Report Says Michigan PIP Changes Could Add to Tax Burden

Legislative proposals to reduce the amount of personal injury protection (PIP) Michigan drivers must carry would shift the burden of funding care for catastrophic injury victims from insurance companies to taxpayers, according to a new study.

The study, released this week by opponents of altering the state’s no-fault coverage system, claims that the costs would be forced on victims, their families and taxpayer-funded health care programs, costing the state’s Medicaid program an estimated $30 million or more in just the first year.

“There is no compelling reason to reduce coverage requirements for personal injury protection insurance at this time,” Jane Powers, vice president of Public Sector Consultants—which conducted the study—said in a statement.

Debate is ongoing over what—if any—changes must be made to Michigan car insurance laws.

The state’s 39-year-old no-fault system was crafted to reduce the number of lawsuits filed as a result of vehicle accidents. It stripped motorists of the right to file lawsuits over crashes, but introduced the potential for lifetime medical coverage of insured parties who suffer catastrophic injuries, which can often require a lifetime of care, in vehicle accidents.

Under the system, policyholders contribute to a catastrophic claims fund that helps pay for PIP claims greater than $500,000. That contribution comes in the form of a fee tacked onto all policies that is currently $145 per vehicle, according to the Michigan Office of Financial and Insurance Regulation.

Legislation expected to be taken up this session by the state Senate would allow motorists to buy as little as $50,000 in PIP coverage. Supporters say the proposed law would lower premiums in the state, which has among the highest rates nationwide.

Critics—including the Coalition Protecting Auto No-Fault (CPAN) and the Michigan Brain Injury Provider Council, which funded the study—maintain that the changes would allow coverage providers to avoid paying for needed medical care. They say relieving insurers of the obligation to cover the costs of catastrophic injury victims would drain families of savings and force taxpayers to foot the bill for many of those patients.

Michigan’s existing system “does what it was intended to do—direct resources to necessary care and treatment of victims of motor vehicle accidents,” according to the study.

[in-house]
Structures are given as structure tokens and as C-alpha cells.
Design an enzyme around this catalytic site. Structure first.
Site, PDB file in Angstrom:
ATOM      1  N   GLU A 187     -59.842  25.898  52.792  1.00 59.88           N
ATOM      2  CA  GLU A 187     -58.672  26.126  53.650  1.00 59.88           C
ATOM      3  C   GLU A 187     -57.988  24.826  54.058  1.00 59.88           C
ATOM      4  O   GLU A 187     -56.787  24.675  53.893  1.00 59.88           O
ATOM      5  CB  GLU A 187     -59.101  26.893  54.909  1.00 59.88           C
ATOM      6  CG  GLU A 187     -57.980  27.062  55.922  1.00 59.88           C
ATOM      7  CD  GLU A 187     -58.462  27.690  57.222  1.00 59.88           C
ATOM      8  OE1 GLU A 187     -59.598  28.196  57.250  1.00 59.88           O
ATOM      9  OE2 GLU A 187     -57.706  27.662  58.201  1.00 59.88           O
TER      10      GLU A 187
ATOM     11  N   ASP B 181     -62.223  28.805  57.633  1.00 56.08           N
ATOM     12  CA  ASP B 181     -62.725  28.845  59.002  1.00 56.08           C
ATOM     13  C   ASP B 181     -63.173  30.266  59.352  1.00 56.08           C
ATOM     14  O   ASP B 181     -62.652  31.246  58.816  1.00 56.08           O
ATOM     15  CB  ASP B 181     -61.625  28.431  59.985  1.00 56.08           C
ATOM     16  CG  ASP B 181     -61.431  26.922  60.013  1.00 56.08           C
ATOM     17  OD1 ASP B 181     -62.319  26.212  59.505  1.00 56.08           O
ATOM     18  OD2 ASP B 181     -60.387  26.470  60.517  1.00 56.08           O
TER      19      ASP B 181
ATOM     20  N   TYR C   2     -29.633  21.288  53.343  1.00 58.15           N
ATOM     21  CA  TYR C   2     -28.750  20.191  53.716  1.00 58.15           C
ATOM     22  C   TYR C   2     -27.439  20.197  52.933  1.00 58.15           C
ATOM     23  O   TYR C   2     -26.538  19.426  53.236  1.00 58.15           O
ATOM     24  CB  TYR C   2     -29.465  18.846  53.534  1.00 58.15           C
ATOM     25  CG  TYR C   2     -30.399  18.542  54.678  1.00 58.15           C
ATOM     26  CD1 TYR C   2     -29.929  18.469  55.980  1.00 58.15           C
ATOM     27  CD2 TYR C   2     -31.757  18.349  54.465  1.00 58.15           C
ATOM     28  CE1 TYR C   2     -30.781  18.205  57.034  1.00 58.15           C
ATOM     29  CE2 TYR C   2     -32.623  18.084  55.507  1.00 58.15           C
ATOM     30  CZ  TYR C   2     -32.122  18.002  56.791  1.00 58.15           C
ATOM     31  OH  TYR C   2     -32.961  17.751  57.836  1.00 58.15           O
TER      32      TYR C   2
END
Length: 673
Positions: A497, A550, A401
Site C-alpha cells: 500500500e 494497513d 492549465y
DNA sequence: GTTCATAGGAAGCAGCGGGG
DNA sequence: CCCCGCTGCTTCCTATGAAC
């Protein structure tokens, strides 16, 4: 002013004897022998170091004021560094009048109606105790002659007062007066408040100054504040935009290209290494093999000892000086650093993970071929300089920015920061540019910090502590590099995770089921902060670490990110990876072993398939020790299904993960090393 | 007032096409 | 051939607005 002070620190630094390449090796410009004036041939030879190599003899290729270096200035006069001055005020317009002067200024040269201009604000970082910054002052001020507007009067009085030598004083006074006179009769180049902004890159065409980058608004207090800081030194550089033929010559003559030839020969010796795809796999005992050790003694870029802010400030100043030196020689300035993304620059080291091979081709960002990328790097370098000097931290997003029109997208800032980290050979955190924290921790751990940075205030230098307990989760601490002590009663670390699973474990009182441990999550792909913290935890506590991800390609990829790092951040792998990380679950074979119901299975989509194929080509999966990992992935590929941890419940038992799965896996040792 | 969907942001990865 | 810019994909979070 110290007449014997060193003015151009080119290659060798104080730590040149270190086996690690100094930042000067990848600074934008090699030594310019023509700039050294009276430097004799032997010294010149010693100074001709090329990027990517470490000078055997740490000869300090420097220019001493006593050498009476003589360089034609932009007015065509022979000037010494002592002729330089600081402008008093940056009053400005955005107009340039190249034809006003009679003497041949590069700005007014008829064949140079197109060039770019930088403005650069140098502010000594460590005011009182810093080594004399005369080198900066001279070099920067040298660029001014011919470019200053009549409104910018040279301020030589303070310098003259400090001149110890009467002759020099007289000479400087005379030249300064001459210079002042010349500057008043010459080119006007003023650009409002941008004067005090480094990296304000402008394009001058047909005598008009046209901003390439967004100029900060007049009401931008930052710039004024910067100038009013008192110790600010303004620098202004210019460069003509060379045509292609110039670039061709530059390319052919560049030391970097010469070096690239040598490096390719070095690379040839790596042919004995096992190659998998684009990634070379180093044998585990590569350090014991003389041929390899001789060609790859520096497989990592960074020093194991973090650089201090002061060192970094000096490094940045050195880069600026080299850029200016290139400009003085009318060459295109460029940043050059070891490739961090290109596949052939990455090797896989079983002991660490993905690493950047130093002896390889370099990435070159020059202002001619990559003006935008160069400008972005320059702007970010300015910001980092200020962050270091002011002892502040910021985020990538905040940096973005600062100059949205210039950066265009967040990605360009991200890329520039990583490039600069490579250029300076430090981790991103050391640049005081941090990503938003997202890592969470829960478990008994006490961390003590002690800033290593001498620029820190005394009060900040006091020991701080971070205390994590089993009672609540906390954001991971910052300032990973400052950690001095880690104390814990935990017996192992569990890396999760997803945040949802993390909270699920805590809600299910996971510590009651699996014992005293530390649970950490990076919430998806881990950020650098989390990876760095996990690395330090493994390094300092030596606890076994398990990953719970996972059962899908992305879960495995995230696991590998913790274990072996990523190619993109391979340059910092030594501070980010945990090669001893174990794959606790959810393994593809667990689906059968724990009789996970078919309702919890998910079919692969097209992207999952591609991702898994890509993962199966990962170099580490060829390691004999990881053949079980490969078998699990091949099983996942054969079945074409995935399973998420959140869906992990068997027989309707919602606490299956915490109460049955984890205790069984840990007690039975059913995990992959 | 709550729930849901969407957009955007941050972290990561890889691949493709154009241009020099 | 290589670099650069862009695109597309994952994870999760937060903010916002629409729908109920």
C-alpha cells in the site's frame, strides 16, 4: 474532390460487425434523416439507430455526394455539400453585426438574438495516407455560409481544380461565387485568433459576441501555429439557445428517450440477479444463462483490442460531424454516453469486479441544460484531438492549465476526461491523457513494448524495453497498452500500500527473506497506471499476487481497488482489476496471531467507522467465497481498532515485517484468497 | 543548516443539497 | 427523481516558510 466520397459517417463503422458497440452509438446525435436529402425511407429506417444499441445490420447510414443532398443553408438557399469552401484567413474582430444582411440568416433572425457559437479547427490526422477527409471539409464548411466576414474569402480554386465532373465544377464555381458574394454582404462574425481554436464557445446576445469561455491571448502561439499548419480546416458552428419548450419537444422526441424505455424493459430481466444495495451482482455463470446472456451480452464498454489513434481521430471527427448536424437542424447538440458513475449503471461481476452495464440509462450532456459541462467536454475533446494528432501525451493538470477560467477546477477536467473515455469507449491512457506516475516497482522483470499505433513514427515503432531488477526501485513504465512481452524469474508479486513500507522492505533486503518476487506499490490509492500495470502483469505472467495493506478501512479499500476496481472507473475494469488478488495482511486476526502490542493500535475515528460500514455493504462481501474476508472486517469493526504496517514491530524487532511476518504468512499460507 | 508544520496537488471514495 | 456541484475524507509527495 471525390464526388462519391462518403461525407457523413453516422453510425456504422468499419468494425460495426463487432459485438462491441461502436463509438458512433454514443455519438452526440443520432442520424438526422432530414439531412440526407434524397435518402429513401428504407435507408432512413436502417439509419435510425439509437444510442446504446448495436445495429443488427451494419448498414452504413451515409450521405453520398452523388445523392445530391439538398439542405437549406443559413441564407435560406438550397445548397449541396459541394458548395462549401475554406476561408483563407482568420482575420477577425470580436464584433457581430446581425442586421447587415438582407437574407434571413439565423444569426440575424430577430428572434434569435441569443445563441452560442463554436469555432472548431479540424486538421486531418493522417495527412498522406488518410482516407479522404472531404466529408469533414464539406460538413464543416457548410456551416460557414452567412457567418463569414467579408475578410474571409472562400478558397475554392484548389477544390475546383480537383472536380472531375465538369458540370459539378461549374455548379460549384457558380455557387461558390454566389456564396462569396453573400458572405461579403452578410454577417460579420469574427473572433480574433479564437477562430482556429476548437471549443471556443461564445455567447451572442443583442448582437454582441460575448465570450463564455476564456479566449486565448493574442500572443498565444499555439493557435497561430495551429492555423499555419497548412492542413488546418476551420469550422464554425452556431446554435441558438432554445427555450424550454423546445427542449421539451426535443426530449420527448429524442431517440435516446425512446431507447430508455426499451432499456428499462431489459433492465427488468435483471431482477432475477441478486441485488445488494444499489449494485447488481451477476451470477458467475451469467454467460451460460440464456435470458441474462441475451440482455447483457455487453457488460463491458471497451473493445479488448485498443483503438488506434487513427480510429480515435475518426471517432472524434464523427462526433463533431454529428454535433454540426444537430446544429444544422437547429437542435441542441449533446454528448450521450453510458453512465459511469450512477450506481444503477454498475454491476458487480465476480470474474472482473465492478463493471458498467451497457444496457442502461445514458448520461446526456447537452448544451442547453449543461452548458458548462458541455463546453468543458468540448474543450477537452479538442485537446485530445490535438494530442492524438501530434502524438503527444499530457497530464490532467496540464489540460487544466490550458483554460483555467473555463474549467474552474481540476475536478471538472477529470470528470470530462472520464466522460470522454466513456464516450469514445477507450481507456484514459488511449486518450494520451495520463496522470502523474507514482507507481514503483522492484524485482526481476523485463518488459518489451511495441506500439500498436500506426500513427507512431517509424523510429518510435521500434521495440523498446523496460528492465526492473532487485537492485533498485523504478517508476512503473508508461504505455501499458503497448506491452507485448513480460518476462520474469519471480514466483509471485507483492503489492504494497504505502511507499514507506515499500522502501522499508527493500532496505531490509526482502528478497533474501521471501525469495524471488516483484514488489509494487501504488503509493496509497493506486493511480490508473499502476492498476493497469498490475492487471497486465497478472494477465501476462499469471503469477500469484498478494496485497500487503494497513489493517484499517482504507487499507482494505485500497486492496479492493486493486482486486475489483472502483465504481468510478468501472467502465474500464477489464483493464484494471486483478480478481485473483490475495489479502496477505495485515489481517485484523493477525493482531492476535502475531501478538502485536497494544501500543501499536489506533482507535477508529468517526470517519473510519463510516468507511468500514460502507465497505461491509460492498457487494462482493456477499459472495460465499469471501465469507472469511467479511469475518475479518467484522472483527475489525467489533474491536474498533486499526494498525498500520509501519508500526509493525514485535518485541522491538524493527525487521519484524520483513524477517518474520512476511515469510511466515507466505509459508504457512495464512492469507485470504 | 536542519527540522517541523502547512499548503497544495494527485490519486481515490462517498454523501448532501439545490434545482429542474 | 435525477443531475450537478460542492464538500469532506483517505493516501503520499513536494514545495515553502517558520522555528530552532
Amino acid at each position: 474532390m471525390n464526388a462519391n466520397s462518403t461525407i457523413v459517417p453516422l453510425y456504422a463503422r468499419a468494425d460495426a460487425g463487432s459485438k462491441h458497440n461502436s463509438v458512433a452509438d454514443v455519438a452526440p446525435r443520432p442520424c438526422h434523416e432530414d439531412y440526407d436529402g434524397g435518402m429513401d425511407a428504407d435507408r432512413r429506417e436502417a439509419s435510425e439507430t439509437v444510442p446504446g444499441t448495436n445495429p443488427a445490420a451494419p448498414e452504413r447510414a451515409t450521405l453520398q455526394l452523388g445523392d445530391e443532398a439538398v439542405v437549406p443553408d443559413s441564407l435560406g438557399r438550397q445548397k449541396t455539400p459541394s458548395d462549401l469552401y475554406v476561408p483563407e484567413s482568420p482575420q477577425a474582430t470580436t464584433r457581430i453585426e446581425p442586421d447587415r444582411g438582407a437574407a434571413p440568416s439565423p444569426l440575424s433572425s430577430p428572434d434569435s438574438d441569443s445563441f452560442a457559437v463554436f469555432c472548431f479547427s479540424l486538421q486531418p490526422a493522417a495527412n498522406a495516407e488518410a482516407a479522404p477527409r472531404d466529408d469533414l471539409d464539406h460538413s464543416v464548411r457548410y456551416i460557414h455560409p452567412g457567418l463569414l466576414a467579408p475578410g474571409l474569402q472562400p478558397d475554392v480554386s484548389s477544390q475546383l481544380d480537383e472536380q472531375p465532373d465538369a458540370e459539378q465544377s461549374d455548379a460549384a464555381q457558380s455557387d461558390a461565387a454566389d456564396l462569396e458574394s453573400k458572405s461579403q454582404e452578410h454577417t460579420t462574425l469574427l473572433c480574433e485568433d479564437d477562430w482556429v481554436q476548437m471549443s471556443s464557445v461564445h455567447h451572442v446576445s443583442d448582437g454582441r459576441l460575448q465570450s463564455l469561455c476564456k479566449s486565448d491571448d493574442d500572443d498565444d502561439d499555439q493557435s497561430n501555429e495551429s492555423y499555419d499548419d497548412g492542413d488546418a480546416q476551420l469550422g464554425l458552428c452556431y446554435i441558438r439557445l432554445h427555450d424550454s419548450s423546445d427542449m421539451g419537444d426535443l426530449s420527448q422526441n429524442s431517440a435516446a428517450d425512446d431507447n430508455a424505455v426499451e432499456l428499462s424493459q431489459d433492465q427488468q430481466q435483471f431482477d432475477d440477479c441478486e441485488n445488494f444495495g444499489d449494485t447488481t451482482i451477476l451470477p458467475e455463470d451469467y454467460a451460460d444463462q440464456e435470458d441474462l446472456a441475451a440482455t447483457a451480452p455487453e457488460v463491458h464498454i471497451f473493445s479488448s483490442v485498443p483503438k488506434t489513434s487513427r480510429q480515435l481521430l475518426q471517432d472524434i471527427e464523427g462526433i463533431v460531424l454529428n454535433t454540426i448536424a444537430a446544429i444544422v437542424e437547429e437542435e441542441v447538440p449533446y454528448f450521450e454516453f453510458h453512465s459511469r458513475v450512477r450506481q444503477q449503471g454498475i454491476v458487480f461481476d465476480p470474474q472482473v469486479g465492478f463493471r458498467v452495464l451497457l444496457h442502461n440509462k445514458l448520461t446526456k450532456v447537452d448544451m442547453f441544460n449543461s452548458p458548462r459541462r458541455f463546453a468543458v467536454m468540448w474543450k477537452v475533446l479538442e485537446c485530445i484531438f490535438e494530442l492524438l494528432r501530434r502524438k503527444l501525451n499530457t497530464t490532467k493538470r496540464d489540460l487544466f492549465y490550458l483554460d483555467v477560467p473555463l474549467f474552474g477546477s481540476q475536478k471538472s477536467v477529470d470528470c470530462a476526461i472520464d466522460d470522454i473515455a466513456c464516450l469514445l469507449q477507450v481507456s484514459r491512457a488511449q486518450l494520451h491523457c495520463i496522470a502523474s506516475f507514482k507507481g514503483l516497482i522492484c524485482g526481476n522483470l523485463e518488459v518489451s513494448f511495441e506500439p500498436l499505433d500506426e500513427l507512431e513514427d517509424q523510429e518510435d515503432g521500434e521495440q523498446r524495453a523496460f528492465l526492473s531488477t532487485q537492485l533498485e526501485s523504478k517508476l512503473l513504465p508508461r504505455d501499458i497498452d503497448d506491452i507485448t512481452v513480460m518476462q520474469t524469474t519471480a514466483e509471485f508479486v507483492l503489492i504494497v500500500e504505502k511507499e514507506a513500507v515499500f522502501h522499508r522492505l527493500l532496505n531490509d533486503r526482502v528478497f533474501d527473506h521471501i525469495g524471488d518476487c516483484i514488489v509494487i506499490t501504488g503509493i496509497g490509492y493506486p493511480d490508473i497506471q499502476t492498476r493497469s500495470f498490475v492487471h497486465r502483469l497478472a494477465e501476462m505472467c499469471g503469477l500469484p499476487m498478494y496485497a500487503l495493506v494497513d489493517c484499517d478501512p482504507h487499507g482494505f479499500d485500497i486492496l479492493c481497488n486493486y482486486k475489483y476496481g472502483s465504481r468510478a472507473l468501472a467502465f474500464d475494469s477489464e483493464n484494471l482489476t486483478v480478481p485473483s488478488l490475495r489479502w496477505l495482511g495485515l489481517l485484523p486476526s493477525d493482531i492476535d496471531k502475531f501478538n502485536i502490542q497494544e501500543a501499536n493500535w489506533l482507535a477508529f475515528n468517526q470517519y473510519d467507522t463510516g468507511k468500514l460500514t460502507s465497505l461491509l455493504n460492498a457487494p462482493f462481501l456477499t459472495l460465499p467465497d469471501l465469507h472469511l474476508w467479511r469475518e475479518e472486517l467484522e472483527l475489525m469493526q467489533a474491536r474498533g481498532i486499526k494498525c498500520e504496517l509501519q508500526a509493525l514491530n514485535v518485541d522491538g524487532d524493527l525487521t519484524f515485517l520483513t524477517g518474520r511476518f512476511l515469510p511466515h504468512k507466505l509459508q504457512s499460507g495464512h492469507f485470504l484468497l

PIP coverage protects all insured motorists statewide and spreads the risk of economic losses among all drivers, researchers found. Reducing the amount of PIP coverage required would shift that risk back to individuals for costs beyond the level of coverage they have paid for.

Because traumatic brain injuries and other catastrophic injuries that commonly result from serious vehicle crashes can take years—and potentially more than a million dollars—to treat, those without adequate PPI coverage will have to turn to loved ones and government programs such as Medicaid, Medicare and Social Security Disability, Public Sector Consultants determined.

Just how great those costs would be is difficult to predict because of ongoing changes to the nation’s health care and coverage systems, the range in severity of crash-related injuries and other factors, “but there is enough information available to suggest that the impact could easily exceed $30 million for long-term care in the first year alone,” according to the study.

The report states that a claims data analysis shows 1 in 17 accident claims exceeds $50,000 and 1 in 200 is more than $400,000.

More than 500 people who sustain a traumatic brain injury in a vehicle crash each year will require long-term care, according to Public Sector Consultants, costing Medicaid about $61,000 annually for each individual.

And those with inadequate coverage could be expected to soon become eligible for taxpayer-funded programs, even if they did not initially qualify, researchers found.

“If you make cuts to Michigan’s auto insurance system, the accident victims don’t go away—and neither does the cost of care,” John Cornack, president of CPAN and the chief executive of an Ann Arbor-based rehabilitative care center, said in a release. “It all just gets shifted from insurance companies and onto the backs of taxpayers.”

 

About Gregor McGavin
Gregor McGavin is an award-winning journalist who has reported across the country for such publications as The Associated Press, the Arizona Republic, the Pittsburgh Tribune-Review and the Press-Enterprise.

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